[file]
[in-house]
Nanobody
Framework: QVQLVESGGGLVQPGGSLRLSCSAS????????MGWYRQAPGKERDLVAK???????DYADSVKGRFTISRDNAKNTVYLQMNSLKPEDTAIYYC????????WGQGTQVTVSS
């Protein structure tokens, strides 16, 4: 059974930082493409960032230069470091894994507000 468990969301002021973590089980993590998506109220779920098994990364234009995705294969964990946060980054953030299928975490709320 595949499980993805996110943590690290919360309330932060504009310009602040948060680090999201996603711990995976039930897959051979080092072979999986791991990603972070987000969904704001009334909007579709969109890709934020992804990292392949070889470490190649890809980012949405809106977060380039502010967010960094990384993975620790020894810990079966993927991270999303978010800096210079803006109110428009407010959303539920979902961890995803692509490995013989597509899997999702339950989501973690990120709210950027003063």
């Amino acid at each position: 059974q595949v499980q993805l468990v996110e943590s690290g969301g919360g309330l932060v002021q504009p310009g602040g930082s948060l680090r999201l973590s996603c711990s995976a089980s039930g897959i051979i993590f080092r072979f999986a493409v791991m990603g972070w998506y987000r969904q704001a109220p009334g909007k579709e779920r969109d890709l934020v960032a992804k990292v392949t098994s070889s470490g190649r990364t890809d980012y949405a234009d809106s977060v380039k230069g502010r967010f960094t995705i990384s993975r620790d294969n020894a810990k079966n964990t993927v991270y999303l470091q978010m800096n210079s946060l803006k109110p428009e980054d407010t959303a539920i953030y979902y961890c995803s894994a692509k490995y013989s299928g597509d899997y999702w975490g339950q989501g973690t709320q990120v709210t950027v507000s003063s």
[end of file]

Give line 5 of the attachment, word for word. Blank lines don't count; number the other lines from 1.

């Amino acid at each position: 059974q595949v499980q993805l468990v996110e943590s690290g969301g919360g309330l932060v002021q504009p310009g602040g930082s948060l680090r999201l973590s996603c711990s995976a089980s039930g897959i051979i993590f080092r072979f999986a493409v791991m990603g972070w998506y987000r969904q704001a109220p009334g909007k579709e779920r969109d890709l934020v960032a992804k990292v392949t098994s070889s470490g190649r990364t890809d980012y949405a234009d809106s977060v380039k230069g502010r967010f960094t995705i990384s993975r620790d294969n020894a810990k079966n964990t993927v991270y999303l470091q978010m800096n210079s946060l803006k109110p428009e980054d407010t959303a539920i953030y979902y961890c995803s894994a692509k490995y013989s299928g597509d899997y999702w975490g339950q989501g973690t709320q990120v709210t950027v507000s003063s």